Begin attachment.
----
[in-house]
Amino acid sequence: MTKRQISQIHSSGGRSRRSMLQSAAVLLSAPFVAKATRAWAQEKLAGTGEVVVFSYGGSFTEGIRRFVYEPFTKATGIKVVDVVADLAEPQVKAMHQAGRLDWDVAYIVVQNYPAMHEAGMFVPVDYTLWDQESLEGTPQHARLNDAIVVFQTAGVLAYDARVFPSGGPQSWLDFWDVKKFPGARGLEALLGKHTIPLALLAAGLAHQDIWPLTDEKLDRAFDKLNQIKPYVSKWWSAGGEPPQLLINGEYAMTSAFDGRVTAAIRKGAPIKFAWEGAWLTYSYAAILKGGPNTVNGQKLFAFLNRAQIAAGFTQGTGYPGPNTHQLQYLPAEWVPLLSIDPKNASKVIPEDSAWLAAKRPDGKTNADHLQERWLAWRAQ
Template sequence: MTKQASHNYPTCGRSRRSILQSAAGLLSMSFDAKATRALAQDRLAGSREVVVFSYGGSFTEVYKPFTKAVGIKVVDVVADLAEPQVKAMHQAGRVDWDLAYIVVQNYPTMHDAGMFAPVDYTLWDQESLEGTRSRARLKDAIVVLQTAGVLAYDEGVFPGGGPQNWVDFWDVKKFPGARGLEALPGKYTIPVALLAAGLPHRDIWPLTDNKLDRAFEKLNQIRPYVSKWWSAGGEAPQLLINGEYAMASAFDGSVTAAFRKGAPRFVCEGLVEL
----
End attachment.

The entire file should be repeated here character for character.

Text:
[in-house]
Amino acid sequence: MTKRQISQIHSSGGRSRRSMLQSAAVLLSAPFVAKATRAWAQEKLAGTGEVVVFSYGGSFTEGIRRFVYEPFTKATGIKVVDVVADLAEPQVKAMHQAGRLDWDVAYIVVQNYPAMHEAGMFVPVDYTLWDQESLEGTPQHARLNDAIVVFQTAGVLAYDARVFPSGGPQSWLDFWDVKKFPGARGLEALLGKHTIPLALLAAGLAHQDIWPLTDEKLDRAFDKLNQIKPYVSKWWSAGGEPPQLLINGEYAMTSAFDGRVTAAIRKGAPIKFAWEGAWLTYSYAAILKGGPNTVNGQKLFAFLNRAQIAAGFTQGTGYPGPNTHQLQYLPAEWVPLLSIDPKNASKVIPEDSAWLAAKRPDGKTNADHLQERWLAWRAQ
Template sequence: MTKQASHNYPTCGRSRRSILQSAAGLLSMSFDAKATRALAQDRLAGSREVVVFSYGGSFTEVYKPFTKAVGIKVVDVVADLAEPQVKAMHQAGRVDWDLAYIVVQNYPTMHDAGMFAPVDYTLWDQESLEGTRSRARLKDAIVVLQTAGVLAYDEGVFPGGGPQNWVDFWDVKKFPGARGLEALPGKYTIPVALLAAGLPHRDIWPLTDNKLDRAFEKLNQIRPYVSKWWSAGGEAPQLLINGEYAMASAFDGSVTAAFRKGAPRFVCEGLVEL